The UK Government has been forced to delay the introduction of post-Brexit import controls by six months. As a consequence, the SPS controls for all agri-food products from the EU have also been delayed.
Food entering Britain from the European Union will not be subject to inspections until the start of next year, UK ministers announced 11th of March 2021, amid fears that additional Brexit red tape could lead to shortages in the shops.
The government had been intending to impose comprehensive checks on fresh produce, meat, fish, and dairy products entering the UK at the start of July, with a requirement to fill in export health certificates also due to start in April.
British customs were due to begin controlling imports of plants, fruits, vegetables, animal products, live animals from 1 April. The checks, known as sanitary and phytosanitary (SPS) controls, require consignments to have the correct documentation and import and health certificates signed by vets on arrival in Britain.
The 30 new border crossing points under construction have not arrived on time. In order to avoid shortages at supermarkets due to the fact that it is not possible to ensure the timely arrival of imported products, the United Kingdom delays most of the established import controls.
Physical checks will now move back from July to January 2022, easing the race to build new border control posts, while health certificate requirements will be put on hold to October the government said.
Michael Gove, the minister for the Cabinet Office, told the House of Commons on Thursday that the government had responded to businesses’ requests for more time and announced what he called a “revised timetable”. Gove blamed the need for delays on the pandemic, telling MPs the previous timetable was “based on the impacts of the first wave of Covid” but that the government had reviewed deadlines because the disruption had been wider and longer-lasting than expected.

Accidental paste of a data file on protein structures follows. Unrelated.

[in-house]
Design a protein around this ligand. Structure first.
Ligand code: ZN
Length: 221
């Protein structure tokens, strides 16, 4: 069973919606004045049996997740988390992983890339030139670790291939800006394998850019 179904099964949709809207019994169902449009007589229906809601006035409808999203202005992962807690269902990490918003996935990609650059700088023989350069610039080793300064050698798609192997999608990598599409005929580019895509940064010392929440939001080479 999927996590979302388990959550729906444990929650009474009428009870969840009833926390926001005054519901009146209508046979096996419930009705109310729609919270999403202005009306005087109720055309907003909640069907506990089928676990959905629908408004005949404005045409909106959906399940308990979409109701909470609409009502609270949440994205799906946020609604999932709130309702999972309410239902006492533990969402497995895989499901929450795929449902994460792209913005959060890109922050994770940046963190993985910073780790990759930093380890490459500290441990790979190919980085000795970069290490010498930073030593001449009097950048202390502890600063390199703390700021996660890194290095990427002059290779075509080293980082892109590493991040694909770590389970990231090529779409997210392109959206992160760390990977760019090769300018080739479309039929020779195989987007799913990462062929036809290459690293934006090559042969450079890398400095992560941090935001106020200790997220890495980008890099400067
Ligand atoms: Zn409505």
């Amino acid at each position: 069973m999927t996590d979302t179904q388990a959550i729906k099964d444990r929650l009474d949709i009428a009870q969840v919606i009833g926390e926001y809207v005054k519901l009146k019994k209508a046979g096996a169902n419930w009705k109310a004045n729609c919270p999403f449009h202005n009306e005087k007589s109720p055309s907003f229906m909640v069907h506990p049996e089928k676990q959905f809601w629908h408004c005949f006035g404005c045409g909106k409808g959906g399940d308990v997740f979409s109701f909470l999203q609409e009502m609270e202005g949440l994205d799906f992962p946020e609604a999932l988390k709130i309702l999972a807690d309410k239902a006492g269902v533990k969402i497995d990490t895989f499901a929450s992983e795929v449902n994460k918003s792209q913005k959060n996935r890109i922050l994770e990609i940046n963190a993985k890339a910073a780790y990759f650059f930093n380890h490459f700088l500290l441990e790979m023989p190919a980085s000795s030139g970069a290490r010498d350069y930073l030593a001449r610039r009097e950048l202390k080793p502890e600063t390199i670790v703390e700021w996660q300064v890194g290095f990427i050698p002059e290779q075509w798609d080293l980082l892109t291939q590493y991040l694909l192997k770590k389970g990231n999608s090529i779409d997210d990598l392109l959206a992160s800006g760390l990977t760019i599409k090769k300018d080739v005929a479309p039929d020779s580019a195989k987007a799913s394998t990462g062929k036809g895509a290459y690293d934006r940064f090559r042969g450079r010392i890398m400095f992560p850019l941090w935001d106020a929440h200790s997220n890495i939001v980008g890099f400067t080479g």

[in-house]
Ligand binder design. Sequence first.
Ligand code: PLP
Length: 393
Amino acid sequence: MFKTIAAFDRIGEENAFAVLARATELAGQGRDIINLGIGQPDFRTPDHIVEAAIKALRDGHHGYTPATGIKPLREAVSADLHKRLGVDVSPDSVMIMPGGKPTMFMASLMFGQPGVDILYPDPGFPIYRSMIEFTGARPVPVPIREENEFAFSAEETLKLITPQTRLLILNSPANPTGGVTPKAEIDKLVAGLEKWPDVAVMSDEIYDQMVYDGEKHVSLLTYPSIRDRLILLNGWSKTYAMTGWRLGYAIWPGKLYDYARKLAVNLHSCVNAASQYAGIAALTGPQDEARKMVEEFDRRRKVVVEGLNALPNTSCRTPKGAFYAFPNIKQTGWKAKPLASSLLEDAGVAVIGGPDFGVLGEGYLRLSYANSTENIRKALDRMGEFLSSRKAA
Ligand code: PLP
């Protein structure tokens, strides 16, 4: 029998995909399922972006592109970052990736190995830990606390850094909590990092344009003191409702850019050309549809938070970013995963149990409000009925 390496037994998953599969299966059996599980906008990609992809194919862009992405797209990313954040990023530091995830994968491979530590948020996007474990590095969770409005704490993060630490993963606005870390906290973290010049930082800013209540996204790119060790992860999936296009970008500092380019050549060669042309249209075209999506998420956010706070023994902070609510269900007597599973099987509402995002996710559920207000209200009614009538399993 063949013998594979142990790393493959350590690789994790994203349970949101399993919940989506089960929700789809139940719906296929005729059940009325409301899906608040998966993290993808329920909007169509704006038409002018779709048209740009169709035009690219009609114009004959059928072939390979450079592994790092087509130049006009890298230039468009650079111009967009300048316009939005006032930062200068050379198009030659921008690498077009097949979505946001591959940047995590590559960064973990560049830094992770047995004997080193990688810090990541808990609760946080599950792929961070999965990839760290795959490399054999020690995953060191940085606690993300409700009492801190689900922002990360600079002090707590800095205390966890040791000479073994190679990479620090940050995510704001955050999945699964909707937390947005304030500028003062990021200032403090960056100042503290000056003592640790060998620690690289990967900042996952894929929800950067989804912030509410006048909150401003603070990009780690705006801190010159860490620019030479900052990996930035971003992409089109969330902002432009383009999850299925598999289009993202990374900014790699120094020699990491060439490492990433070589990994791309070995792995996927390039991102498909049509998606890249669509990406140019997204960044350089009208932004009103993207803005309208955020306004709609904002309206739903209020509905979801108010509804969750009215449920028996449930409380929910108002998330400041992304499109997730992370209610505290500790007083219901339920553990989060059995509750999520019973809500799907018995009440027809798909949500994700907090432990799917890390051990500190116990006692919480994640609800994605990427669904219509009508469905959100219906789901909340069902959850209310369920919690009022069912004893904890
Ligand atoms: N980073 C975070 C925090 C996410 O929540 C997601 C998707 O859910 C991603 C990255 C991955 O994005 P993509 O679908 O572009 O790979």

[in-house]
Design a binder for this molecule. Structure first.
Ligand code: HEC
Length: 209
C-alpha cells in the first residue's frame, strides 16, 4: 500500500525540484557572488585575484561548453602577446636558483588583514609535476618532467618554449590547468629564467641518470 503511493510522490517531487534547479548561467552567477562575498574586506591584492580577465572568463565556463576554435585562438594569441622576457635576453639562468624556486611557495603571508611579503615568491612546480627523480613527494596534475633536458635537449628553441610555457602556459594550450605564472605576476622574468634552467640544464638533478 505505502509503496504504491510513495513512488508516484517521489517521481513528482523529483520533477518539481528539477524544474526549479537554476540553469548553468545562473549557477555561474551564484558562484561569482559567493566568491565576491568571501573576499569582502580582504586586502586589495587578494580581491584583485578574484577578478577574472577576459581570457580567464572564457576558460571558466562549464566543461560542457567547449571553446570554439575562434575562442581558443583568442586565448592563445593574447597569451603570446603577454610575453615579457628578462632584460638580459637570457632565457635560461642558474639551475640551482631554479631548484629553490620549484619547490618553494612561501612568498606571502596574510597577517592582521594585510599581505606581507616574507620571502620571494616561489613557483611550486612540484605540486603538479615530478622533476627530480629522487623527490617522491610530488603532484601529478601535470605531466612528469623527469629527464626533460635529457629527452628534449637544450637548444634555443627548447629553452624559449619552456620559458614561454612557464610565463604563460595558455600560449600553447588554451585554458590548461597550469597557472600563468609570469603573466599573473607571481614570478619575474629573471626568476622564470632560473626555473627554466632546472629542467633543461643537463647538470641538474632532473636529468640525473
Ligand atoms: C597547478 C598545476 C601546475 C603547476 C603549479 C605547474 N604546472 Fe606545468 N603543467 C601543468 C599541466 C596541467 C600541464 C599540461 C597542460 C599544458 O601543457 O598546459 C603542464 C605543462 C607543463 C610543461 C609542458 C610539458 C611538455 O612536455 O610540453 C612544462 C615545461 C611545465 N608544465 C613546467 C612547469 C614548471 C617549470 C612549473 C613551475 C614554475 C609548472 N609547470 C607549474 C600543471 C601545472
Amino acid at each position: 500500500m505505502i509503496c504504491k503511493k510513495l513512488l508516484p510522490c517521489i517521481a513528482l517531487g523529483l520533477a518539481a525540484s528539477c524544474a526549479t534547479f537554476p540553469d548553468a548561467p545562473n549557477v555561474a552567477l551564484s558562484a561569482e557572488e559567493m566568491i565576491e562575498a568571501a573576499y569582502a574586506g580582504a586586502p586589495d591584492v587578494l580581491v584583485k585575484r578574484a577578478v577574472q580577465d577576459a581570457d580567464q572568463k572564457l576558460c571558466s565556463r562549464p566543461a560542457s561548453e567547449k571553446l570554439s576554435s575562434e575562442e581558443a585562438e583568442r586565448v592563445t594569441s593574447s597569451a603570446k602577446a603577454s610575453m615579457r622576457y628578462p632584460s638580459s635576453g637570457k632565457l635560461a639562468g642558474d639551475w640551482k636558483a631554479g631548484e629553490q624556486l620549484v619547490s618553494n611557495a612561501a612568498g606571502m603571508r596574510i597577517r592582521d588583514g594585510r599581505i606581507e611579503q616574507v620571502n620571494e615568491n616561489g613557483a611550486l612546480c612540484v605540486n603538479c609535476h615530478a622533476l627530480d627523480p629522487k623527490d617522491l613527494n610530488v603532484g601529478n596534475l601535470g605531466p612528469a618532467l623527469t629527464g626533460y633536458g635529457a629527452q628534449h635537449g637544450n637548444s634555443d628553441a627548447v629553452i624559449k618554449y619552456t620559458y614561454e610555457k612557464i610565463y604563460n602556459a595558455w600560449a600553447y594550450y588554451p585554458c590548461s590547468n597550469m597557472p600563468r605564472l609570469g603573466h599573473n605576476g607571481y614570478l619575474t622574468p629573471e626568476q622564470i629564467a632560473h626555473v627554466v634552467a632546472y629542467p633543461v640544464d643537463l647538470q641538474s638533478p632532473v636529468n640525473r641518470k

Most import checks have now been pushed back meaning Britain will begin these processes a year later than the EU.
NFU (National Farmers Union) President Minette Batters said: “Since 1 January the UK’s agri-food sector has been struggling with the additional costs and burdens that moving goods to the EU now entails. It is therefore frustrating that the UK government is not taking a similar approach to the treatment of imports coming into Great Britain from the EU.
What are your thoughts on this? Are you preparing your customers for additional costs, delays and documentation import to the UK may bring? Or do you have UK customers that are struggling? eighter way it seems there will be some extra time to prepare for the physical customs checks, do take this extra time? Let us know firstname.lastname@example.org